Reading nutrition labels can be a confusing, time consuming and challenging task. That said, the endeavor can help you to improve your overall health, weather you want to control your weight, blood pressure, eat more natural foods or just have a better understanding of what you really are eating. Here are five useful tips to help you better understand food labels and what they mean to you.
- Examine the serving size. Packages are often misleading because although they look like one serving, there are often 2 or more servings there. Bottled drinks and snack bars are an excellent example of this. Other foods to watch for are cereals or other bulk items, whose servings size can vary from ½ cup to 1 ½ cups. Those calories can add up fast! Check out the picture to the right for an example of reading the serving size on a package.
Know the calories per serving. This means you will know the
value of what you are eating and how this affects your
calorie budget for the day. Not sure how many calories you need daily? Calculate your needs with this
Calorie Calculator provided by Mayo Clinic.
Understand the label terminology. Common key words on a package are "reduced", "low", "zero" and "free". Each of these keywords are relative to the product and may not be entirely truthful. For example, "reduced" may mean that there is less sodium in the package than there was previously, but how that compares to other products may not mean it's a better product. "Low" fat is commonly seen on dairy products like ice cream. The ice cream may still have more fat than you desire in your diet and products which claim to be "low" fat are often high in other ingredients like sugar or sodium to flavor it. For a great reference on these terms, check out
Five nutrition label tricks to avoid by Cynthia Sass on Shape.
Look for fat, sodium, sugar and protein content. By examining how much sugar or fat there is in a product, you can determine how nutritionally
valuable it is. Foods high in sugar, sodium and fat tend to be void of nutritional value, but this isn't always true. Healthy fats like omegas that come from nuts or avocadoes can be great for you. Understanding the difference between healthy fats can help. Check out the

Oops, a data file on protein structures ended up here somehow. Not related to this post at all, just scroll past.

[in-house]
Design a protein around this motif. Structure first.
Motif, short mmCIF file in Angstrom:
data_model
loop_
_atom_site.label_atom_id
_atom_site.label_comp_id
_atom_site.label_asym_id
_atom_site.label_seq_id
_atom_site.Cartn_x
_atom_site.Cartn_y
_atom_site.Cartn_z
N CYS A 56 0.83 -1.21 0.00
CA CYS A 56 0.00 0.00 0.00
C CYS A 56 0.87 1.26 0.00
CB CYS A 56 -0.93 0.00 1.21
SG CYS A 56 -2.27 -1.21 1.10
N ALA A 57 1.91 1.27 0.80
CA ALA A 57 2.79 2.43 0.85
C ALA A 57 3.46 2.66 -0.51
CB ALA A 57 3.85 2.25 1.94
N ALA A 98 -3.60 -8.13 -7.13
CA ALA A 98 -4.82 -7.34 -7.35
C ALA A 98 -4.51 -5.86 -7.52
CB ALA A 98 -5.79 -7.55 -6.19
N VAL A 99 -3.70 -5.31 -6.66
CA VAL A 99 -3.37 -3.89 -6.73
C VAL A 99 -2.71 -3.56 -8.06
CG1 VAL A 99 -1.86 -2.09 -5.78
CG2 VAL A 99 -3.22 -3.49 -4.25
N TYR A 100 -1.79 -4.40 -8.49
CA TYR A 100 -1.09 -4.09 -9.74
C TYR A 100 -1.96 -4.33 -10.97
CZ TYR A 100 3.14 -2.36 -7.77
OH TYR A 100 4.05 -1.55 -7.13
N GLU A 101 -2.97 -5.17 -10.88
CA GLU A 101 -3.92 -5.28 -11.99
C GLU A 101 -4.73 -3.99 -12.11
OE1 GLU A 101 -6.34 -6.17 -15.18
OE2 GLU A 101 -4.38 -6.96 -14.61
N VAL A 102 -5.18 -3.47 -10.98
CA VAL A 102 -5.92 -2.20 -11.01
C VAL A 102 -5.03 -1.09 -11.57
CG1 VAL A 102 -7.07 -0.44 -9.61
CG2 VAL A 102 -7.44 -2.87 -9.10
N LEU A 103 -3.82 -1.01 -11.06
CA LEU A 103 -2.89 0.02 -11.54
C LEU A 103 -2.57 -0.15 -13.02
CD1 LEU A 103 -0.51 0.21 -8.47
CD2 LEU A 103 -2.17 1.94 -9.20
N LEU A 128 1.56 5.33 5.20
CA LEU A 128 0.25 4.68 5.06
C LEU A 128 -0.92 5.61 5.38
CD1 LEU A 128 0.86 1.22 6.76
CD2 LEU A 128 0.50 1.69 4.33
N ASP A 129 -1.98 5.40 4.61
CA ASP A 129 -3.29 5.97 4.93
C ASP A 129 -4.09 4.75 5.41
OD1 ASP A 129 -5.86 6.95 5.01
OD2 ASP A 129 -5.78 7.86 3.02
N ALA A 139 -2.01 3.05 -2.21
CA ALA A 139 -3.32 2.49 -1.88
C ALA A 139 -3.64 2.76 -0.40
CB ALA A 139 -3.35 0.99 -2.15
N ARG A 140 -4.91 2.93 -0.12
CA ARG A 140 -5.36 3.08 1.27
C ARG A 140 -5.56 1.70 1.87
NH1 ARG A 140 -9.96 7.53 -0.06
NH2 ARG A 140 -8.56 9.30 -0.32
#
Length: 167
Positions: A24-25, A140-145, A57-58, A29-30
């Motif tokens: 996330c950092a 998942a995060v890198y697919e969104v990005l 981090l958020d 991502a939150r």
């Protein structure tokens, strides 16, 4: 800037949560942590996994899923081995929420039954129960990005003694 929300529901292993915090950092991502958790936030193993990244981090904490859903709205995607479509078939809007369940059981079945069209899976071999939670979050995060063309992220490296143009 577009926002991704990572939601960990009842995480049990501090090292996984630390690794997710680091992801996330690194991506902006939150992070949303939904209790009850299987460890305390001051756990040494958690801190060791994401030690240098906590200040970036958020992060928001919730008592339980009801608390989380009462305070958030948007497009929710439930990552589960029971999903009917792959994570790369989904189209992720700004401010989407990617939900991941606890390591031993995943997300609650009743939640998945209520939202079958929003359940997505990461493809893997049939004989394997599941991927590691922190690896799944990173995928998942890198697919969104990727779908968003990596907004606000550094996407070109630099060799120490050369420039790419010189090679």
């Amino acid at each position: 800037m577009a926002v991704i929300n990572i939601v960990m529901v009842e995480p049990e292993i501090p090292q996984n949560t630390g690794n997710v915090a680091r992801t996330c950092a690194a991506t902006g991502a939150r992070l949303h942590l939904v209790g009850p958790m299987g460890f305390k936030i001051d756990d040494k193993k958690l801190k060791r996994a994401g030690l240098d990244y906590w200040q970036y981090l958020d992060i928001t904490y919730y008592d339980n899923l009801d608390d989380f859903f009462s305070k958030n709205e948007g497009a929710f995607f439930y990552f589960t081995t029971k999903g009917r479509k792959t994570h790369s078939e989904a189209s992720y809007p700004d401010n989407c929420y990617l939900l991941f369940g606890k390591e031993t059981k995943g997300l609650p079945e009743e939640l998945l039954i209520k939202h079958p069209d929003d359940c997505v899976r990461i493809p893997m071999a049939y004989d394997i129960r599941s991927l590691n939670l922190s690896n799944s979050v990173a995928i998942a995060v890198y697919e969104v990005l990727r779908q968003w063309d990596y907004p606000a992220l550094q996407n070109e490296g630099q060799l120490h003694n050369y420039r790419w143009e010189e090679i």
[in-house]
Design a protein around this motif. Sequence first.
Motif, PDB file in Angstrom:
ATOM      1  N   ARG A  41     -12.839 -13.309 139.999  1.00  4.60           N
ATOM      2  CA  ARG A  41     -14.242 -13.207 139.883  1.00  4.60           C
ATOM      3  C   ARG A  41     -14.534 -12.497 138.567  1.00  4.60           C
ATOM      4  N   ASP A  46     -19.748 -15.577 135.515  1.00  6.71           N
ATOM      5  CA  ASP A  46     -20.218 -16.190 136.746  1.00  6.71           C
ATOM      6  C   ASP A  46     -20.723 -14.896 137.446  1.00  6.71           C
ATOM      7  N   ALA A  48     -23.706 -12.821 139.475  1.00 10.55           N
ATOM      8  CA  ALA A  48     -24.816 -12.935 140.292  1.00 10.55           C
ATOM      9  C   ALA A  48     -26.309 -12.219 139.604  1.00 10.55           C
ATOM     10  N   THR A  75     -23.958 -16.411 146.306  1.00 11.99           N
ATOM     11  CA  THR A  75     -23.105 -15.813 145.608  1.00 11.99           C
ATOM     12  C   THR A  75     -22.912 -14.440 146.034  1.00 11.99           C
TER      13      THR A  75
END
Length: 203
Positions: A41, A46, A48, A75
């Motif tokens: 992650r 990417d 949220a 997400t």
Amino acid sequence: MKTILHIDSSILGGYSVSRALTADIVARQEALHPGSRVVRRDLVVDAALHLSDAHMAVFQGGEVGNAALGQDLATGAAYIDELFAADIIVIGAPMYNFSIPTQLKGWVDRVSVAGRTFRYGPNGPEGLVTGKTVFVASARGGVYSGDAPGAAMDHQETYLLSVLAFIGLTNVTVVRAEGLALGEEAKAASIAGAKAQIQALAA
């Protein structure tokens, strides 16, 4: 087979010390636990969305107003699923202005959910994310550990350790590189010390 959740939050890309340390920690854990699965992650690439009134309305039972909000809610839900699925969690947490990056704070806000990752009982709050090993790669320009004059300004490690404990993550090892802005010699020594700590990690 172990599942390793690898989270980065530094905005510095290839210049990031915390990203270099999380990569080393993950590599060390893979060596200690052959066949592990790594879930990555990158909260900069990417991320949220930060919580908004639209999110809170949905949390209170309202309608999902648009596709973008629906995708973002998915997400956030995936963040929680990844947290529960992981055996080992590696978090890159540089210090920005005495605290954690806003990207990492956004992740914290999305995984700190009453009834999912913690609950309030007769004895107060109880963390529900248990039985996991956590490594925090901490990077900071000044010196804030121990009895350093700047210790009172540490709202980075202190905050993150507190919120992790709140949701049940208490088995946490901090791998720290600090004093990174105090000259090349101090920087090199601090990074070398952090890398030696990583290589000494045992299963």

Know You Fats page on the American Heart Association website for some great information.
Read your ingredients. Can you pronounce them? That's a great start. If not, you may want to rethink eating the product. WebMD has a great article about artificial or processed ingredients called
Reading the Ingredient Label: What to Look for by Peter Jaret; while an article in Men's Health,
Five ways to outsmart nutrition labels by Molly Morgan, RD, has information that can help decode tricky food labels.
If you'd like to speak with a registered dietition about food choices, or need help with nutrition labels, consider a one-to-one nutrition counseling session with
Jamie M. Marchetti, MS, RDN, LD. You can schedule an appointment with her at 307.688.1731.
Mindful Eating Class
Are looking for ways to have a better relationship with food? Join Registered Dietitian Jamie Marchetti on Thursday, May 26 from 6-8 pm at the Gillette College Health Science Center, 3801 College Drive, for a free class called
Mindful Eating. You’ll come away with a variety of tools on how to approach food, from when to eat, how to eat and even why we eat. Get rid of the guilt and get more satisfaction from every meal, even special occasions and dining out. Register online
Campbell County Health's Wellness Services works to reduce health risks and promote overall wellness among employee groups and individuals across the northeastern Wyoming region. To learn more about Wellness, please visit www.cchwyo.org/Wellness or call 307.688.8051.
This blog was written by Rachel Wilde CPT, MA, CCH Wellness Services Technician and Phlebotomist